How do you get to work each day? If you're like most Americans -- 86% to be precise -- you jump in the family car or truckster and hit the road. Lots of experts have lots of ideas about how commuting could be better, but assuming they're not going to build a subway stop at our door and we're not going to get a personal helicopter, the car remains the most realistic option for most of us.
The average U.S. commute is currently 25 minutes per day and so the question boils down to how enjoyable and expensive that ride can be each day. Picking the right car can make the daily trudge a little more fun and affordable, especially with gas prices hovering around $3.50 a gallon.
AAA is the latest to draw up a list of the cars it thinks should be on your list of considerations, using the results of test drives and evaluations by AAA Auto Buying experts.
“Having a vehicle that is reliable, fuel-efficient and comfortable can really make a difference in your everyday routine.” says John Nielsen, director, AAA Automotive Engineering & Repair.
Here are AAA's top picks in each category, with fuel efficiency, comfort and overall performance being the prime factors rated by the AAA experts.
Chevrolet Volt: This four-passenger, plug-in electric vehicle, sidesteps range anxiety with a gasoline engine on board to run a generator. AAA says the car is exceptionally quiet, handles well and boasts great acceleration but rear seat room is tight if you plan to carpool. ConsumerAffairs hasn't received enough reader reviews, negative or positive, to make a judgment about the Volt, although in 2012 we interviewed a Volt ownerwho claimed he had gotten 203 miles per gallon in 12,000 miles of driving.
Toyota Prius or Prius V: These gasoline-electric hybrids set the standard for fuel efficiency in a gasoline-powered vehicle. The Prius seats five in reasonable comfort and is exceptionally efficient for urban commutes where regenerative braking and the ability to turn the gasoline engine off while the car is stopped enhances fuel efficiency. The Prius ranks poorly with ConsumerAffairs readers, however, collecting more than 600 negative reviews in its short lifetime.
Volkswagen Jetta SportWagen TDI: The SportWagen uses a diesel engine to deliver smooth acceleration with strong fuel economy. Handling is also precise and predictable. With the option of manual or automatic transmission, these cars are fun to drive, making the longer commutes seem less daunting. VW Jetta -- all models, not just the SportWagen TDI -- have a relatively high number of complaints -- nearly 300 -- from ConsumerAffairs readers, most dealing with stalling and transmission issues.
Audi A4: Beautifully finished and very comfortable in front, the A4 can make light work of any commute. Front-wheel drive is standard, but the option for Audi’s Quattro all-wheel drive system is available. The ride is firm but compliant and the handling is tops. The body structure feels exceptionally solid, even when facing rough urban pavement. Driving pleasure earns a very high grade, although the rear seat room earns a much lower score. Audis in general, not just the A4, get a relatively low score from the 178 ConsumerAffairs readers who've posted reviews, although some of the reviews deal with such things as wind noise in a convertible.
Buick LaCrosse: A steady ride, comfortable seating, responsive handling and an excellent V-6-based drivetrain make this car an ideal choice for commuting in a carpool. Performance is excellent. For buyers seeking the room and comfort of the LaCrosse with more fuel efficiency, a four-cylinder eAssist drivetrain is offered. Consider it a mild hybrid. Buick gets a relatively low score in 130 reader postings, many dealing with quality control, fit and finish and transmission issues.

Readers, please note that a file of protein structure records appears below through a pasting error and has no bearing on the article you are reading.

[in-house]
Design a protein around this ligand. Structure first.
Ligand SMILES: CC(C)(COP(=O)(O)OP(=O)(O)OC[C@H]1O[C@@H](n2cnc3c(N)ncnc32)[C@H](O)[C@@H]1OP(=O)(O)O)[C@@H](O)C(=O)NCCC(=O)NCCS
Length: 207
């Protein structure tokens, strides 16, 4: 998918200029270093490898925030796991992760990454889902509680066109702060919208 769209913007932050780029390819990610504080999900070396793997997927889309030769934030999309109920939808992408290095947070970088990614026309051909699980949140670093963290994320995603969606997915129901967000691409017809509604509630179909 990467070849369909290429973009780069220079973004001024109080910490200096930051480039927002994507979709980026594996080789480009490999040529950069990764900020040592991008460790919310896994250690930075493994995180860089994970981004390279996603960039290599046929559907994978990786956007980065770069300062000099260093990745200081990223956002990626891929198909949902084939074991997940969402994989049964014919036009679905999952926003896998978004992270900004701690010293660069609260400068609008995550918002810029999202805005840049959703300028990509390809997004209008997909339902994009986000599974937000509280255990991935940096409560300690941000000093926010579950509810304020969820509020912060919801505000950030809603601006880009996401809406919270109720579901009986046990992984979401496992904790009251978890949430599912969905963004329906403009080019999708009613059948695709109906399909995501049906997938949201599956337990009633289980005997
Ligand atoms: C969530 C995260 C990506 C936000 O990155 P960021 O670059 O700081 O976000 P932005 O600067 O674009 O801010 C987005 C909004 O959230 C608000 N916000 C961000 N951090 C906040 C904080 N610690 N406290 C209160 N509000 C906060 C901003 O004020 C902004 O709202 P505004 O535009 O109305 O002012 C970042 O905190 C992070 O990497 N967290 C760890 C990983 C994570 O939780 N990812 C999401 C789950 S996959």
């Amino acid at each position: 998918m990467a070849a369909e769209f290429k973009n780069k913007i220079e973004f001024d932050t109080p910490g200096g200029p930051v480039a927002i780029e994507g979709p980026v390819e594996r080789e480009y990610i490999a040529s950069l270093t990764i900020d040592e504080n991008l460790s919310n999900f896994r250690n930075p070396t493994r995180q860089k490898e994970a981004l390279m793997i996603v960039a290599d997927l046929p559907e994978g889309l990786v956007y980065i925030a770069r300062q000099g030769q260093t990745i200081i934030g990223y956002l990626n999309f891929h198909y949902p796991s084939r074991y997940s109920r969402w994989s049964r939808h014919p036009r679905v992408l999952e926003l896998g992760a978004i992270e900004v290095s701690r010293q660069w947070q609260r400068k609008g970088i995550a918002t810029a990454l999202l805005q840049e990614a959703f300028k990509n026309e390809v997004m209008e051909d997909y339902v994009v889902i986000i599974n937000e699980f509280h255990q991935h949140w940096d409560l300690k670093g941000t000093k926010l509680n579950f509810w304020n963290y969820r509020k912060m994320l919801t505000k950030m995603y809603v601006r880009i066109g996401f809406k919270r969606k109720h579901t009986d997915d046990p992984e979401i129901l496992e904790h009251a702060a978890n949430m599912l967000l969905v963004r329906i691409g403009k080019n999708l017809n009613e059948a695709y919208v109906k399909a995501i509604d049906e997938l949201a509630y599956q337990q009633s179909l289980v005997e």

Ford Fusion: Ford’s entry in the affordably-priced family sedan arena has been completely redesigned for 2013. The new model features a sleek exterior, an upgraded interior and new drivetrains. This Fusion could easily have passed for a luxury car not too many years ago. Front-wheel drive is standard; all-wheel drive is an option. We haven't heard much about the Fusion from readers, which may be a good sign, considering how many have been sold.
Hyundai Genesis: This V-6-powered sedan is refined, powerful and roomy. The V-6 engine turns in an exemplary performance and the new 8-speed automatic transmission raises the performance level to the point that the optional V-8 is unnecessary. While handling is predictable, the ride does fall a little short of full luxury sedan status. Could be, but Hyundai in general gets a bad rap from many ConsumerAffairs readers, collecting 677 complaints for a wide range of issues.
Nissan Altima: The redesigned 2013 Altima continues to be a top choice for commuting. It is comfortable for all passengers, performs well and offers several unique safety features, including clever use of the backup camera to provide lane departure and blind spot warnings in some models. The Altima has rankled 365 of our readers with various reliability issues.
Ford Flex: This boxy crossover is hard to beat when looking for room in a vehicle. Buyers will find ample space for passengers or purchases. The ride is quiet and well controlled. The engines are V-6s, with the EcoBoost motor turning in a particularly good performance.
Toyota Highlander: In the crossover category, this vehicle features a comfortable ride and roomy interior. More impressive are its highway cruising manners and despite its size, ease of maneuvering in traffic.
Honda Odyssey: This roomy minivan is offered in a wide range of models, though even basic versions are well equipped and comfortable. Its size suggests that it is best suited to a less crowded commute venue, but even in an urban setting, the Odyssey is easy to drive. Front and second row seating comfort is quite good.
See more details, including average price information at AAA.com/AutoMaker.